Question: How can you tell the difference between when Isaiah is speaking about the Lord and when he is speaking about the servant?
Answer: Whereas the Lord identifies himself as the God of Israel, the servant does not. Each refers to the other as a different person than himself. Yet, both suffer in the course of serving as saviors to God’s people. The Lord delivers them everlastingly from sin, whereas the servant delivers them physically from destruction at the end of the world. As a temporal savior, the servant prepares the way among all of God’s people for the coming of the Lord to reign on the earth.
Isaiah additionally identifies the servant under different personas and under pseudonyms that serve as codenames, revealing a prophecy within a prophecy. Although often referred to as God’s “servant,” he also appears as a new Abraham, Moses, Joshua, Gideon, David, Solomon, and Cyrus as he fulfills many temporal end-time roles patterned after theirs. Each of these roles is temporal in nature and an integral part of implementing the end-time restoration of the house of Israel.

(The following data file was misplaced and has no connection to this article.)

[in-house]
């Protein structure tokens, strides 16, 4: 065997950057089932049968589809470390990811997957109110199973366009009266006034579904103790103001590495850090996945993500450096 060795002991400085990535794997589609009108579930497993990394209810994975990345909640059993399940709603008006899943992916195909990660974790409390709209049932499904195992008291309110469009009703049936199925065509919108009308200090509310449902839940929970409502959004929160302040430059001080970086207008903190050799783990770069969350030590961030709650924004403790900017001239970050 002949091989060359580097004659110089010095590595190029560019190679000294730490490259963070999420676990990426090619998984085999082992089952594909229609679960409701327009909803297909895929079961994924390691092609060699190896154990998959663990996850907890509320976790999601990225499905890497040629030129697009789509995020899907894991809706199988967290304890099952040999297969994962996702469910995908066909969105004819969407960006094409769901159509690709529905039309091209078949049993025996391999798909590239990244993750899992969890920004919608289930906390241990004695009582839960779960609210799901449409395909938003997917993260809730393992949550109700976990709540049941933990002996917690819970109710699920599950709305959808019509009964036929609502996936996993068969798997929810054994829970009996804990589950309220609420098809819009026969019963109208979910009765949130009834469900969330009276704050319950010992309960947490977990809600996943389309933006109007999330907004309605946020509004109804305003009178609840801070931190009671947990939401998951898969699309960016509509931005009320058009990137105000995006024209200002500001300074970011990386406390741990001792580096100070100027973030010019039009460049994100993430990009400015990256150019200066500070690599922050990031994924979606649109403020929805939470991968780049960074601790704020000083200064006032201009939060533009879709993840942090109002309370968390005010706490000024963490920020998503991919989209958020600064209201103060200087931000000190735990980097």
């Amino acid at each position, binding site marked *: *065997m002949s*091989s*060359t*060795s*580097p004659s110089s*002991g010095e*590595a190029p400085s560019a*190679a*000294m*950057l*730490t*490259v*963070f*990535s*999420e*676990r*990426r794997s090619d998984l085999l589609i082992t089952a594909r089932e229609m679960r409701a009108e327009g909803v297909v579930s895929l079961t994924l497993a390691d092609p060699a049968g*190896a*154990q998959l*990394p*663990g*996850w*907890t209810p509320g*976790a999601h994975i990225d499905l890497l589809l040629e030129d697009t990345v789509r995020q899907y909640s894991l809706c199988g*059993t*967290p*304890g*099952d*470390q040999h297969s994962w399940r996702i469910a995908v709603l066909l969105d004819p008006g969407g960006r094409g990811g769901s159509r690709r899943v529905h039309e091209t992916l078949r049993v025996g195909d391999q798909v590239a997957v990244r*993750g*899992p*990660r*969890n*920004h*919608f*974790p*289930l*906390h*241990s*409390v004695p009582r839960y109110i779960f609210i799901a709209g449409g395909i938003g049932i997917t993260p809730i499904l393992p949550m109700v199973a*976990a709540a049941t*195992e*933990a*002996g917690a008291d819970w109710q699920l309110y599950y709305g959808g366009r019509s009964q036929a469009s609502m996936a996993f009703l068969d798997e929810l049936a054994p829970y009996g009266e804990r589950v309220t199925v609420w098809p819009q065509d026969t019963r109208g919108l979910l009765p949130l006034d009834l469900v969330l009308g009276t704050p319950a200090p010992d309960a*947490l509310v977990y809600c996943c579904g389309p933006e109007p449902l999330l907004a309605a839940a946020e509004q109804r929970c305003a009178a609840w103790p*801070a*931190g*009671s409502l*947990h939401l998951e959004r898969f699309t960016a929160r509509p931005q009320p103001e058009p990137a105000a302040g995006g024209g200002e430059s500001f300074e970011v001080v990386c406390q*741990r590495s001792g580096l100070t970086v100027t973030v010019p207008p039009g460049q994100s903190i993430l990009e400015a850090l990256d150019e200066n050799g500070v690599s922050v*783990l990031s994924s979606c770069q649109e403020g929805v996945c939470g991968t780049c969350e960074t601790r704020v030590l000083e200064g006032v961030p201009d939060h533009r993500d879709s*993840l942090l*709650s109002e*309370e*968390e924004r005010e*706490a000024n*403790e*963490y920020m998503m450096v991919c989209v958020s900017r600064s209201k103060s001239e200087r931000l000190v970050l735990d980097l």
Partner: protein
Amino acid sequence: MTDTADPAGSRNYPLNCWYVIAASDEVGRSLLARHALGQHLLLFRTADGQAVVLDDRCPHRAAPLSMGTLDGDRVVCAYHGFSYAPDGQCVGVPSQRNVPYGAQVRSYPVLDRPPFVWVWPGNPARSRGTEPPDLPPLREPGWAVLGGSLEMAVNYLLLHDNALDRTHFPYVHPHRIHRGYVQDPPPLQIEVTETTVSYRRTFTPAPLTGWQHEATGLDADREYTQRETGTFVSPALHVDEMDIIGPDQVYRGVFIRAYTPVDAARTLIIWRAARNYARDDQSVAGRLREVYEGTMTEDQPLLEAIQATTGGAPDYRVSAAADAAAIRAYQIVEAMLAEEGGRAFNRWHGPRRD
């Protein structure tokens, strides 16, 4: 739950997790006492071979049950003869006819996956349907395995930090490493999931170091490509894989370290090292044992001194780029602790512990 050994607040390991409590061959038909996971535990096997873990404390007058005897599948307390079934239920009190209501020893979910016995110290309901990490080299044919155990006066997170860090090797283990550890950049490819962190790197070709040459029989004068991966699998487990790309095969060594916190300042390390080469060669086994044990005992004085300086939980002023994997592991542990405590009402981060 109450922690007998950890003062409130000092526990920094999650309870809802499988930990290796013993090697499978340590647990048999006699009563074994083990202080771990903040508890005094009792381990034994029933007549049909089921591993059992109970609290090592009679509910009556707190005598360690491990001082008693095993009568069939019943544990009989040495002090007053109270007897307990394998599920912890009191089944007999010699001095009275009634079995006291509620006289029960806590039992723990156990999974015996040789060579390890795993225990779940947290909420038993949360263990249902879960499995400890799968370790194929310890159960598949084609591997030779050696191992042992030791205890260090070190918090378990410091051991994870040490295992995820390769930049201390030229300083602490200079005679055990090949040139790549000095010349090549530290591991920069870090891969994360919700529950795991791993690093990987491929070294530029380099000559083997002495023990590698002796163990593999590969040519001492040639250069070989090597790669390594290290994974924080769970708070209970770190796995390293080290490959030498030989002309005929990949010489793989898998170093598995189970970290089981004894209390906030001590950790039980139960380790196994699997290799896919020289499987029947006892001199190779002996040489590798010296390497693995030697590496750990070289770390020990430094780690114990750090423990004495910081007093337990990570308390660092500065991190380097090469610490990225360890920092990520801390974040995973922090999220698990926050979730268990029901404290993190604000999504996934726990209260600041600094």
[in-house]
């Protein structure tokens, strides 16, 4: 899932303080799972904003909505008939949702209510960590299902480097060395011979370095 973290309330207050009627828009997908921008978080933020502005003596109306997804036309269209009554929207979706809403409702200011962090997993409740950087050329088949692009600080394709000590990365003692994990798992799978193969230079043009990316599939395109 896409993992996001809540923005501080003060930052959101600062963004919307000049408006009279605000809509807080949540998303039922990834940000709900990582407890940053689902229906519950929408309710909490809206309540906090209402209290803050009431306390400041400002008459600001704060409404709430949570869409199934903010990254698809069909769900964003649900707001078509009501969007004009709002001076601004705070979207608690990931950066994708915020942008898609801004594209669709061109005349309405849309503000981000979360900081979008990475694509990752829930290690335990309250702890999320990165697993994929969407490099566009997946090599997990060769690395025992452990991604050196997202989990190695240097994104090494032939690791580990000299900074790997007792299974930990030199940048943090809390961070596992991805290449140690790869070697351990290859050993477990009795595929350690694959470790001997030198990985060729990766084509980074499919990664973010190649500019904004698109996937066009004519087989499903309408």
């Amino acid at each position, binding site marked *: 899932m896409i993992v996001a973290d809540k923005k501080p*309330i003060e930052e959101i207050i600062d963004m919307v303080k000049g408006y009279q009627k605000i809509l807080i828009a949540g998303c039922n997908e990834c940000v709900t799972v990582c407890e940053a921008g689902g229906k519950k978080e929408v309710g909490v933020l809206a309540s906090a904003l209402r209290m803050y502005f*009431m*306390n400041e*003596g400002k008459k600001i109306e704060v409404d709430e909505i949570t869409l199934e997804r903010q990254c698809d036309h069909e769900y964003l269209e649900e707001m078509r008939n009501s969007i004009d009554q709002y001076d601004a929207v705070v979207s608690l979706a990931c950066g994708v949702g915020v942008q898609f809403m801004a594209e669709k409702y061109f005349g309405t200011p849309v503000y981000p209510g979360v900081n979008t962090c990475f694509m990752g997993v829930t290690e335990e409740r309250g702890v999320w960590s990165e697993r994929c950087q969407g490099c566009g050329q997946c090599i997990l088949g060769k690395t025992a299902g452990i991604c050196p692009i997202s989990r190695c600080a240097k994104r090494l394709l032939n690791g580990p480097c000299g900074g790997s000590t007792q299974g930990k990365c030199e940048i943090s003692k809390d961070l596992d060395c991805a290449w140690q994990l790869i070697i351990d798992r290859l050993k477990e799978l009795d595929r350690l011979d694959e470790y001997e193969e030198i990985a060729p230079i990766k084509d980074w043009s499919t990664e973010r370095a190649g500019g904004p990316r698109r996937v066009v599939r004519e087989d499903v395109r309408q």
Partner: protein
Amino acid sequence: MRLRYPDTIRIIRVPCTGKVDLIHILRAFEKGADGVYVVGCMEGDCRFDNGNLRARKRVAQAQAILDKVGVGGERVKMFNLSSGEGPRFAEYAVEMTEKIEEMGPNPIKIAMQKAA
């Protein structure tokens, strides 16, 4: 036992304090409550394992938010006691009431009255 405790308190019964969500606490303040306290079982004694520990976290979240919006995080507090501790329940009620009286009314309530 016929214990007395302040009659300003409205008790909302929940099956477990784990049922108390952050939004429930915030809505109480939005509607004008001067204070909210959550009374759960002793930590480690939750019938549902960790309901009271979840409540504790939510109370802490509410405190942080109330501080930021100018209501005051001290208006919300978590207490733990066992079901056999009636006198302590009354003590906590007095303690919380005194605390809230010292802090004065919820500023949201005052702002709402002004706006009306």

Although the Lord “took upon him the form of a servant” (Philippians 2:7)—a proxy savior under the terms of the Davidic Covenant—he is never called a servant. Identified as the God of Israel and the King of Zion in the Book of Isaiah, his sufferings for the sins of his people pay the price of all salvation, spiritual and temporal. Isaiah names him his people’s “Salvation,” a divine attribute that he personifies. The name Jesus—yeshua in Hebrew—thus appropriately means “Salvation.”